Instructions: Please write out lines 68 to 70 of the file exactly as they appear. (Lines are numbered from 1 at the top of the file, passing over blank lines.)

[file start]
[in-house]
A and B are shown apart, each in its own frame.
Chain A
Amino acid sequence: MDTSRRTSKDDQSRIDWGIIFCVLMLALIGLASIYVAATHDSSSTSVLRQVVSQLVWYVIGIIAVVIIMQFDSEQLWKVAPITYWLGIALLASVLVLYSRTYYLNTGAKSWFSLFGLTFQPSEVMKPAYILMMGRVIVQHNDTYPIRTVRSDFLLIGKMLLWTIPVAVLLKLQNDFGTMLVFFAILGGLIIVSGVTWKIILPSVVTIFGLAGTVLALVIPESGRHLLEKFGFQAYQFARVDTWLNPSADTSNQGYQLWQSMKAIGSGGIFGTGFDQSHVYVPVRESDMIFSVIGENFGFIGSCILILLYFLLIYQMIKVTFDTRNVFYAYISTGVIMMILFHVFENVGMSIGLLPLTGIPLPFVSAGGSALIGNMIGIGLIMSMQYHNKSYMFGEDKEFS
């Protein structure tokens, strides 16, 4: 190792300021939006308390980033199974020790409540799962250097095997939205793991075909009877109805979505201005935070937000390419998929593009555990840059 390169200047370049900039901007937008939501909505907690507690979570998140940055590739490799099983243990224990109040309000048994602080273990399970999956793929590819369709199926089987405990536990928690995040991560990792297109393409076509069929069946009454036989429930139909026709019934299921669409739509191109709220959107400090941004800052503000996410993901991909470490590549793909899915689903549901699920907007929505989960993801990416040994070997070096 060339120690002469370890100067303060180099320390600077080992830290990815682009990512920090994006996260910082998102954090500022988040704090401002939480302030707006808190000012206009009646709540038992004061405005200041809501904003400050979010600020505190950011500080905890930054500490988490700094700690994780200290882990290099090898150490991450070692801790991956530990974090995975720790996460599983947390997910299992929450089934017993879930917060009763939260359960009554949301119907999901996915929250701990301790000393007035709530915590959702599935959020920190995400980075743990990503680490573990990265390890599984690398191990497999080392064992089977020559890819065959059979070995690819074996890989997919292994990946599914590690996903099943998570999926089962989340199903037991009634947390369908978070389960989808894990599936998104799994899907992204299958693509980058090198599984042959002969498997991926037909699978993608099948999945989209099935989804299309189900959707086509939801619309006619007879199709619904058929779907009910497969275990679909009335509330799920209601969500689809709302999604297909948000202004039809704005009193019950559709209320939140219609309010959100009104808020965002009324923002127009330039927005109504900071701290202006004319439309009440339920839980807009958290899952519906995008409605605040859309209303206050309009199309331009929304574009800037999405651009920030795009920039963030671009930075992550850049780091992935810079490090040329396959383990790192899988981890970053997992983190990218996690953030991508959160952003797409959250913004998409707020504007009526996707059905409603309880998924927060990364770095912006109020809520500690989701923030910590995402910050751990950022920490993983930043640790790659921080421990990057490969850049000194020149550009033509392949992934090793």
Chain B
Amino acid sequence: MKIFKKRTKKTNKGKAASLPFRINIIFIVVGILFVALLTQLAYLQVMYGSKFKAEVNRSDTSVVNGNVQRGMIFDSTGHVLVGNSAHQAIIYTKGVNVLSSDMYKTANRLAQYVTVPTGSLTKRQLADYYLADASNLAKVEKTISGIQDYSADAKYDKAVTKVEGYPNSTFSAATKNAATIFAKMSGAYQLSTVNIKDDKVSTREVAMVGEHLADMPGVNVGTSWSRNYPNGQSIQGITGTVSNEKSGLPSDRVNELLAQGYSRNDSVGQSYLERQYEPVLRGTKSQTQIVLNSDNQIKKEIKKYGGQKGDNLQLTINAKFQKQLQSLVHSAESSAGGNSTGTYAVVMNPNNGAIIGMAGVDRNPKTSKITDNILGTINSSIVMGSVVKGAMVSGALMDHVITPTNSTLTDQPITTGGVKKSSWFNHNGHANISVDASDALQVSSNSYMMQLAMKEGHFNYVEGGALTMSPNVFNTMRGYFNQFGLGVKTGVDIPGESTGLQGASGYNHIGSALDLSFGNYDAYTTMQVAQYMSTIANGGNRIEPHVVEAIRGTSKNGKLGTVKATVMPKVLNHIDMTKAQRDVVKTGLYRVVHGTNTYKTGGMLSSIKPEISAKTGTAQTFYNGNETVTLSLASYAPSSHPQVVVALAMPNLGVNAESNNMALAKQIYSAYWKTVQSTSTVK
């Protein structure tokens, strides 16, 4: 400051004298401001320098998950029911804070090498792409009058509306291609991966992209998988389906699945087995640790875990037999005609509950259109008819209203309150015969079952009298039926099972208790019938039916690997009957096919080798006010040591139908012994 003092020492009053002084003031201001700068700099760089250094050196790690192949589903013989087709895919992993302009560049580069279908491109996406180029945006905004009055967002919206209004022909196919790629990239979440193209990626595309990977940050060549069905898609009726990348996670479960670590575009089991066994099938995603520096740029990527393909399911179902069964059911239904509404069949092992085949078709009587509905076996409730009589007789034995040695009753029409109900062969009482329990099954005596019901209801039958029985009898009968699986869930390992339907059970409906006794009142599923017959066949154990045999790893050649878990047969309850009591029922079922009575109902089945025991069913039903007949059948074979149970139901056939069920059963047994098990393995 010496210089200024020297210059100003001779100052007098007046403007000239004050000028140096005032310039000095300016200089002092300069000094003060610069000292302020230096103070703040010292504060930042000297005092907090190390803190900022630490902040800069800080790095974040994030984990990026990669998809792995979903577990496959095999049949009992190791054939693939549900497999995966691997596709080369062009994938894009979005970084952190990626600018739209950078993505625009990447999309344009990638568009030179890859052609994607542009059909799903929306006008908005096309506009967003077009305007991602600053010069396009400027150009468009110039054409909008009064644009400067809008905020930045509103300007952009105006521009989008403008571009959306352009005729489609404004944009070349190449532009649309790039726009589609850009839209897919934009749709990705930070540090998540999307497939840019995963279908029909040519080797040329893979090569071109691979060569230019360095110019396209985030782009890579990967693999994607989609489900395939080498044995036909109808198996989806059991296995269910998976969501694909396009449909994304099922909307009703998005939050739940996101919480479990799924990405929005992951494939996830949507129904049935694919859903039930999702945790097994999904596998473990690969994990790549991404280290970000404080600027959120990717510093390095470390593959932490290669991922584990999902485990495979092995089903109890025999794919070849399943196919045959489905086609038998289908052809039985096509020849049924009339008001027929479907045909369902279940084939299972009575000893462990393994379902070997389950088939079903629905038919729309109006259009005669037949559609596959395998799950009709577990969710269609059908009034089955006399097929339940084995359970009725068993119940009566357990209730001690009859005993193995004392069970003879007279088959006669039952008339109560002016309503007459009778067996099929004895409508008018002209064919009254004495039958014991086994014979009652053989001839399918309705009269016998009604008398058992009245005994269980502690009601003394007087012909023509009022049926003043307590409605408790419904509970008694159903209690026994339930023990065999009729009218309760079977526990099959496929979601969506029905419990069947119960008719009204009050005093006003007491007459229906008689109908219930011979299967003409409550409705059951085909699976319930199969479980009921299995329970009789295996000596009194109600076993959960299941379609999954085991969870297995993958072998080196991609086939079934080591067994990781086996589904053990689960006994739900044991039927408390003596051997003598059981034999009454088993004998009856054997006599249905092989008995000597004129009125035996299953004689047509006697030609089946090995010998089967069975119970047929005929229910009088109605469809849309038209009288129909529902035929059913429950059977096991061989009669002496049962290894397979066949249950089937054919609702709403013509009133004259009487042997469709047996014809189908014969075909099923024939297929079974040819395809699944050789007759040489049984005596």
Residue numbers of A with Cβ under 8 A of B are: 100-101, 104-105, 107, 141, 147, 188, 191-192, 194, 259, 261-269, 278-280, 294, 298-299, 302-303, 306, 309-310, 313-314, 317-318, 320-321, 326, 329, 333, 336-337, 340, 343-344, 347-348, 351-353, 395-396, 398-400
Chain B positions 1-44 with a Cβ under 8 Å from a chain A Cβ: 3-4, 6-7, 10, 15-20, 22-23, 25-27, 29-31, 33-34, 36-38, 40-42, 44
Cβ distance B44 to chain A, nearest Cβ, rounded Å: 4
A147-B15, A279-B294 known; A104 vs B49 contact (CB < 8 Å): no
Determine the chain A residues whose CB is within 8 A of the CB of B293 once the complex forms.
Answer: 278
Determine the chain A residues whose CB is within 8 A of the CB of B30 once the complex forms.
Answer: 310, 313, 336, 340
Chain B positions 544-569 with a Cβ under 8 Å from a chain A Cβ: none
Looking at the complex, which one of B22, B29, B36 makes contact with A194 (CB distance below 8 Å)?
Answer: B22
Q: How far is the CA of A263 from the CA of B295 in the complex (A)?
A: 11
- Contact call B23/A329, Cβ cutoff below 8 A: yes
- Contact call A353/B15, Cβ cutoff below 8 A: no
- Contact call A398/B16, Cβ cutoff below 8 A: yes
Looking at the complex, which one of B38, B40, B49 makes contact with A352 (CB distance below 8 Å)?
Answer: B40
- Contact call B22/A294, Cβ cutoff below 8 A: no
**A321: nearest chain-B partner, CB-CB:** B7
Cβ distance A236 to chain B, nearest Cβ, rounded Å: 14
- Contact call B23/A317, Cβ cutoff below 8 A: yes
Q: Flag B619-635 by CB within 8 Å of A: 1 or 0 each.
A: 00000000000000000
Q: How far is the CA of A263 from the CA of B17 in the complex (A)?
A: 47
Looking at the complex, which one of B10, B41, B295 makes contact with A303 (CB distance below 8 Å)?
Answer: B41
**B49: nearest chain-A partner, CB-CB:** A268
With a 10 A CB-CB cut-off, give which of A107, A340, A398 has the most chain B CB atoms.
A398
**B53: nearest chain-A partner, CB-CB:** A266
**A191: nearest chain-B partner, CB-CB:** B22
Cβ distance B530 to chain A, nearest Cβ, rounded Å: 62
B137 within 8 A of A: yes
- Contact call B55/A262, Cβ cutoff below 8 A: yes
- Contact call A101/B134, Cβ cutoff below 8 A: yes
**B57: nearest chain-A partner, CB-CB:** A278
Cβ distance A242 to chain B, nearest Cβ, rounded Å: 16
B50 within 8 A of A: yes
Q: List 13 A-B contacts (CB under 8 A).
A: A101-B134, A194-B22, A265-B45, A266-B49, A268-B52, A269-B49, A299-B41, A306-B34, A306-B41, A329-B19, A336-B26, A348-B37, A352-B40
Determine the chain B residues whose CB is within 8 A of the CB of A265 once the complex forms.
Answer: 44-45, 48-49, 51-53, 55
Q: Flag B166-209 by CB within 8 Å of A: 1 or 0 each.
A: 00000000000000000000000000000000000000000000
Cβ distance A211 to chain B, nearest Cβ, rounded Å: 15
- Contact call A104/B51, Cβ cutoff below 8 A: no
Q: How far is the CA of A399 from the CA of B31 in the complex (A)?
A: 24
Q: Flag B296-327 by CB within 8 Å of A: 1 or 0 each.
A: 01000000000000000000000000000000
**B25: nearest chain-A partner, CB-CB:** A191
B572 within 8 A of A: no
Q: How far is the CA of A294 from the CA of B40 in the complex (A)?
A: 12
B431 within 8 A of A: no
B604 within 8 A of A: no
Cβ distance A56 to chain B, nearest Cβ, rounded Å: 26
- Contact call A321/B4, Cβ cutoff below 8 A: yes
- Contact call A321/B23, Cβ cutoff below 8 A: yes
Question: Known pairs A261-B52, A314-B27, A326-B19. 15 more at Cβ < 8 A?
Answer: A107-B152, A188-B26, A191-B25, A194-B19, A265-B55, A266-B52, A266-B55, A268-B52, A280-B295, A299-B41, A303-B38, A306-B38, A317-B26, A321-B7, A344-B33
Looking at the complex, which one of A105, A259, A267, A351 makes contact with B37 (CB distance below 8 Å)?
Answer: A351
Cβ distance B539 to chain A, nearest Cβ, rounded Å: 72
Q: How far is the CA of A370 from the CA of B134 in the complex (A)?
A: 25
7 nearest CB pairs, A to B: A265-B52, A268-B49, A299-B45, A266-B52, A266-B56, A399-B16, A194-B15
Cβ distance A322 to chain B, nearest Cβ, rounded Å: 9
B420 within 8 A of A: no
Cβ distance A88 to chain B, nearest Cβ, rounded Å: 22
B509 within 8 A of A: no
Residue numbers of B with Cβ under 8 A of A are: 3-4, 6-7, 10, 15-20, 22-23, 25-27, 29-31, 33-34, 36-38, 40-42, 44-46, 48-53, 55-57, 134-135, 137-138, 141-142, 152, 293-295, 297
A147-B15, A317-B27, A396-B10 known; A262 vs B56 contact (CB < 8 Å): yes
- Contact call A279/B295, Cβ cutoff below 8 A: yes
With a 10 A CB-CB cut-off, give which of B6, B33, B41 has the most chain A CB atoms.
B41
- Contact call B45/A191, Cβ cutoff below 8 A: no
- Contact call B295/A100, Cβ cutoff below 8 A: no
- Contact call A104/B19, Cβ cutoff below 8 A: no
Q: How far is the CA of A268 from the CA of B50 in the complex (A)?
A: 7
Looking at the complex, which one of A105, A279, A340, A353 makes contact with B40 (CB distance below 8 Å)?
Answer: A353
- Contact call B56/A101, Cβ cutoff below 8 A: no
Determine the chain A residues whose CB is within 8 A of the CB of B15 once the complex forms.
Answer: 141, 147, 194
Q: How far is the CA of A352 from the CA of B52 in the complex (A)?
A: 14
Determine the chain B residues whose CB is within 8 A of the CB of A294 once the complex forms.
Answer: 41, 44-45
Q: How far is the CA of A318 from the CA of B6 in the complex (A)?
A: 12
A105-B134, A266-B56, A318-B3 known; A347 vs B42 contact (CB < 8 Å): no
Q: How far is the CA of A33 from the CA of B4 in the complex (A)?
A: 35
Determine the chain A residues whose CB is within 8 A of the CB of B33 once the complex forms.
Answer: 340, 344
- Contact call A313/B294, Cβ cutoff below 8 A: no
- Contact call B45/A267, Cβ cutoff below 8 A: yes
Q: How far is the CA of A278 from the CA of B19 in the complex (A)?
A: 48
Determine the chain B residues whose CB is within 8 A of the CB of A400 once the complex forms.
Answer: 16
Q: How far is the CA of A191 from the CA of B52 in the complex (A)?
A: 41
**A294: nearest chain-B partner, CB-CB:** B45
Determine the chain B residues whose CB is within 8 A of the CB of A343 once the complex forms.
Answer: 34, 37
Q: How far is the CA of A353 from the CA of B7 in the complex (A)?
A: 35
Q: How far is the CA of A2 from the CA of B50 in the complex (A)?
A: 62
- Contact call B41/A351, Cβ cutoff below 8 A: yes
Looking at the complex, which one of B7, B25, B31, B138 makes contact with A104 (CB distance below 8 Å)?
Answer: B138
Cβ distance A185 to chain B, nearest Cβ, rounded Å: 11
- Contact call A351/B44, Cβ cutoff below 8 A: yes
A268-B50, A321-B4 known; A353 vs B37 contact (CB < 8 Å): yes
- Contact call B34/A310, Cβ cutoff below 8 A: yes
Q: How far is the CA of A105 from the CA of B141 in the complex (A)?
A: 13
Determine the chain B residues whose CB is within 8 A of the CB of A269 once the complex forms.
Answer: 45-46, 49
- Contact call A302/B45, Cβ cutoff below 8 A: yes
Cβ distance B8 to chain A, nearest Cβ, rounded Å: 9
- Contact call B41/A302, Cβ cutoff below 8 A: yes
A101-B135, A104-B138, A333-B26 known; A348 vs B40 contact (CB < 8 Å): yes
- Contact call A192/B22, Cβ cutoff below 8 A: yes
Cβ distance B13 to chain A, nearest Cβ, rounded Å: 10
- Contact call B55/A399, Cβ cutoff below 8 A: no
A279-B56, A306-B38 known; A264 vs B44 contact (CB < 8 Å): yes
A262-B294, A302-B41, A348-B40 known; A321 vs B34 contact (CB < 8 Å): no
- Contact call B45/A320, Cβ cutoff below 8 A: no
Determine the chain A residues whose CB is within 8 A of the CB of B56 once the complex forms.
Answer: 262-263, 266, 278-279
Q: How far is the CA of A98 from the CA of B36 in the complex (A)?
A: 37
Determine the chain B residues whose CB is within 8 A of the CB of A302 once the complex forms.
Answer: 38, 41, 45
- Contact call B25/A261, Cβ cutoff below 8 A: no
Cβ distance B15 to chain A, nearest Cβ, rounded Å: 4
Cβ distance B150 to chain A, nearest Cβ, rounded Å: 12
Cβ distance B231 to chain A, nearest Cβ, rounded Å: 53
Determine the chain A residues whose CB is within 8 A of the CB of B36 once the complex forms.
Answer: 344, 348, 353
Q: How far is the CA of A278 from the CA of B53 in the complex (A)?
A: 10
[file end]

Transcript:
- Contact call A321/B4, Cβ cutoff below 8 A: yes
- Contact call A321/B23, Cβ cutoff below 8 A: yes
Question: Known pairs A261-B52, A314-B27, A326-B19. 15 more at Cβ < 8 A?